Dogs are of course renowned for having a superior sense of smell, so it is understandable that it is confusing for dog owners that their dogs often like to greet other dogs by sniffing their bottoms, often getting very up close and personal to do so! As this is something that would be considered to be at best unusual and at worst very rude within the human world, it can be hard for us as people to get our heads around it! In this article, we will look in more depth at why dogs are so keen to sniff the back ends of other dogs, plus what it means when they do this.
On either side of the dog’s anus are two small openings that are called the anal glands, which produce a strong and distinctive odour that is unique to each dog. While we as humans fortunately cannot generally detect the scent of our dog’s anal glands, to other dogs with their superior senses of smell, the scent from the anal glands of other dogs are very distinctive, and provide information to your dog about the other dog or dogs in question.
When a dog gets up close to another dog and sniffs right up against their back end, this can be considered almost as the canine version of leaning into another person to hear them more clearly, and decoding the things that they are saying with greater clarity.
When two dogs first meet, be they strangers or friends, often the first thing that they will do is circle each other to pick up each other’s scent, and get their noses up under the tail to pick up information about the other dog. In dog terms, this is comparable to how children might communicate verbally when they first meet; opening straight away with questions such as “who are you?” “Where are you from?” These communications form the basis of the dog’s understanding of each other, their familiarity with each other, and the start of their relationship, however short-lived.
Dogs can also find out from this butt-sniffing greeting information such as what the other dog has eaten, the sex of the dog, if they are spayed or neutered, if the other dog is healthy, and if they are friendly!
As well as having an amazing sense of smell, dogs have a fantastic scent memory, and will be able to recall and identify the scent of another dog, even if they have not seen them for a long time.
Sniffing the secretions of another dog will tell your dog instantly if they have met this dog before, which will tell your dog if they got on with each other previously, who was dominant, and if this dog is safe and friendly. Even when two dogs live together as part of the same “pack,” when one dog has been away from the other and returns, they will often go through the whole sniffing process, just as they would with a stranger. This tells the dogs where the other dog has been, what they have done, and if anything has changed since they saw each other last!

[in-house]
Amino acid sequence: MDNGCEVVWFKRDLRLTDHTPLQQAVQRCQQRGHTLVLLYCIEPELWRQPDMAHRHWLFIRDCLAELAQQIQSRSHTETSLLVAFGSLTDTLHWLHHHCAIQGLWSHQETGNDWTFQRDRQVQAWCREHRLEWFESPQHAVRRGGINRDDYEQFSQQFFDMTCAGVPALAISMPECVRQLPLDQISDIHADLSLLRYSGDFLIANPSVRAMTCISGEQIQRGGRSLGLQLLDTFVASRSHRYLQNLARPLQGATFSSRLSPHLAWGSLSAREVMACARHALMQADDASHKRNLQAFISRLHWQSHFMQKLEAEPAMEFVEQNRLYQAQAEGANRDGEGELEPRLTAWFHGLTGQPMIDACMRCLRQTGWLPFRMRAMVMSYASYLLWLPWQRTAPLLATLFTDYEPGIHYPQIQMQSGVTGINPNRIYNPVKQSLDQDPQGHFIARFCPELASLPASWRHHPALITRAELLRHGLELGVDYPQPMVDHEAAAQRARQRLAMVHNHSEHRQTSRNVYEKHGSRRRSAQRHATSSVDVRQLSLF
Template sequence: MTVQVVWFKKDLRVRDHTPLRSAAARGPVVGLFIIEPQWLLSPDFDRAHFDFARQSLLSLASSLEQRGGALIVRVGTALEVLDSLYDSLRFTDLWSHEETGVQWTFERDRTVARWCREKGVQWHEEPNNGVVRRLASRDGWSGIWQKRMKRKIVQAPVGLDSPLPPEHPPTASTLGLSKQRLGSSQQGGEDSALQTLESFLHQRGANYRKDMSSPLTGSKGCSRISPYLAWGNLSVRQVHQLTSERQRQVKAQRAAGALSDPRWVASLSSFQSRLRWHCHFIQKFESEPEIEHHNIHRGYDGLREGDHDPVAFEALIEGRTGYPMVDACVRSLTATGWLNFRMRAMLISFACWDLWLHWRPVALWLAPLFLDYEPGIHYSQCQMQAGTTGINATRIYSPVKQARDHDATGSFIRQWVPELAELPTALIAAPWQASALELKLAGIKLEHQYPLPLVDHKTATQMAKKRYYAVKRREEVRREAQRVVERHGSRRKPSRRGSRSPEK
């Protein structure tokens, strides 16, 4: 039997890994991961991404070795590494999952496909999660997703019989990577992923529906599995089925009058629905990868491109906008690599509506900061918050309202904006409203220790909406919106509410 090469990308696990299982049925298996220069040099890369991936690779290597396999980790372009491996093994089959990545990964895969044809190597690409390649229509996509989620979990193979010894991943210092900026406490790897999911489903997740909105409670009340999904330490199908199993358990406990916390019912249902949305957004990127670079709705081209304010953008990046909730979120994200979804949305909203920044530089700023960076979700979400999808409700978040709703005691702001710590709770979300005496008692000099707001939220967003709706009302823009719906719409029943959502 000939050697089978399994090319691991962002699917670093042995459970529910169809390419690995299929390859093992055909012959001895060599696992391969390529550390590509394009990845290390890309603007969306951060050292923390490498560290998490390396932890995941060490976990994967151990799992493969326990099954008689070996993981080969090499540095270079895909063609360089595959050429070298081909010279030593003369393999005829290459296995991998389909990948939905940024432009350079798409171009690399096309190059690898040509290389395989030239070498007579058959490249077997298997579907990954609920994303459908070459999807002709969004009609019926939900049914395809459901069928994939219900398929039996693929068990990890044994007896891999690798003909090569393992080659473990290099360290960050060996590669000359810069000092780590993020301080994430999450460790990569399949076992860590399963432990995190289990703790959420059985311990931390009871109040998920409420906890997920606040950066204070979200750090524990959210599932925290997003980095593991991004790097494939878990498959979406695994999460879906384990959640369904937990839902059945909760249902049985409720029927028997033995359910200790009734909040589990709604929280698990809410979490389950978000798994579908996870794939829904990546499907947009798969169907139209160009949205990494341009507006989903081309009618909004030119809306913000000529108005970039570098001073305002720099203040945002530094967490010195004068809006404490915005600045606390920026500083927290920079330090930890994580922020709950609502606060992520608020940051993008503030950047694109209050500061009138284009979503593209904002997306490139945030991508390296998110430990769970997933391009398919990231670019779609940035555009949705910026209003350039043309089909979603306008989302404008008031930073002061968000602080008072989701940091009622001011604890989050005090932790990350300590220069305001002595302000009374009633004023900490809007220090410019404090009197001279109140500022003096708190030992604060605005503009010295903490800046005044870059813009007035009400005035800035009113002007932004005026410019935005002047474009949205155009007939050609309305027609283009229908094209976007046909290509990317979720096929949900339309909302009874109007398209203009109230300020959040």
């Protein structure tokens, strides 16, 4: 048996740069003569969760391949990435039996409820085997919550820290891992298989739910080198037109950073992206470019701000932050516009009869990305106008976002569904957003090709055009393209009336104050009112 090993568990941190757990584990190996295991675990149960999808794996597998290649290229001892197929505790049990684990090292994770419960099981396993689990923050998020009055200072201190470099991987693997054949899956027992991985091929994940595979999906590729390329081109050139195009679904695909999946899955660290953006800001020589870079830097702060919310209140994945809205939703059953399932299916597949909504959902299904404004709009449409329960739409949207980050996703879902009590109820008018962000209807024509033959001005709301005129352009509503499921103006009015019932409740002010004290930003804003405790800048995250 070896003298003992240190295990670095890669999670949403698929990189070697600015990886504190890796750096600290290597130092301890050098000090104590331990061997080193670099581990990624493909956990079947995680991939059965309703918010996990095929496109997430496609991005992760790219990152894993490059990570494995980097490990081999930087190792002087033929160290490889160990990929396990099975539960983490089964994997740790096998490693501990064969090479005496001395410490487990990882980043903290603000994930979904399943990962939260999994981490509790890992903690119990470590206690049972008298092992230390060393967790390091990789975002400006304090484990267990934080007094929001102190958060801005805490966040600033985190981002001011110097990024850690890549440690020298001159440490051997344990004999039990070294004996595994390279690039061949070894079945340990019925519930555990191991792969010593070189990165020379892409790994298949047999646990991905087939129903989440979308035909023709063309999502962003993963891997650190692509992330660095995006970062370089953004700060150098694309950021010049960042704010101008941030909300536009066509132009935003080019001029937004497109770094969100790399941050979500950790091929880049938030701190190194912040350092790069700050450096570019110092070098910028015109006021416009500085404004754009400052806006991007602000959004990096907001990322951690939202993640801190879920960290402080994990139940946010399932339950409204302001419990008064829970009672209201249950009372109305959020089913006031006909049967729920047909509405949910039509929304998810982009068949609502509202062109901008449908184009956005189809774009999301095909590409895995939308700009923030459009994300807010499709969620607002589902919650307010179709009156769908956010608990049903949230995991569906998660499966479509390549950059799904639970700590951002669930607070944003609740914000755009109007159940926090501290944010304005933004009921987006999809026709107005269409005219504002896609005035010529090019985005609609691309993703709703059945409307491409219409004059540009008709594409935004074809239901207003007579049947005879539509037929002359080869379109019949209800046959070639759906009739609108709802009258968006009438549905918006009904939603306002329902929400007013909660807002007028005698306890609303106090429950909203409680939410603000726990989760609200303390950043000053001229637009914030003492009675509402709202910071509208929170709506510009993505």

Butt-sniffing is also a way that dogs can establish who is going to be the dominant dog out of the pair; how they interact with each other while sniffing will start to form the foundations of their ongoing relationship. One dog will usually call a halt to the sniffing before the other, either by retreating or warning the other dog off. Which dog “calls it” and whether or not the other dog respects it, will go a long way towards determining the pecking order between the two dogs.
Because the anal glands give off such a wide range of information about the dog, in some situations, it is in the best interests of the dog to play their cards close to their chests as it were, and limit the amount of information that is available to strangers. This can be witnessed when one dog is sniffing enthusiastically at another dog, and the other dog is keeping their tail firmly clamped down to mask their scent as much as possible, and trying to retreat from the sniffer.
While it might seem that there is very little etiquette involved in something as primal as sniffing another dog’s bottom, there are in fact a lot of social cues and behaviours involved in the process. Some dogs are more enthusiastic sniffers than others, while other dogs are more reticent or speculative, and will not take kindly to another dog getting up close and personal with them. It is important that dogs are able to read each other’s cues where bottom sniffing is concerned, and know when to retreat and allow the other dog their space, lest they might be snapped at for bad manners!
This is something that often takes puppies and younger dogs a while to learn and that can only be learnt through trial and error, which is why it is so important to adequately socialise puppies with other dogs while they are still young and likely to be forgiven for any rookie mistakes or breaches in etiquette.
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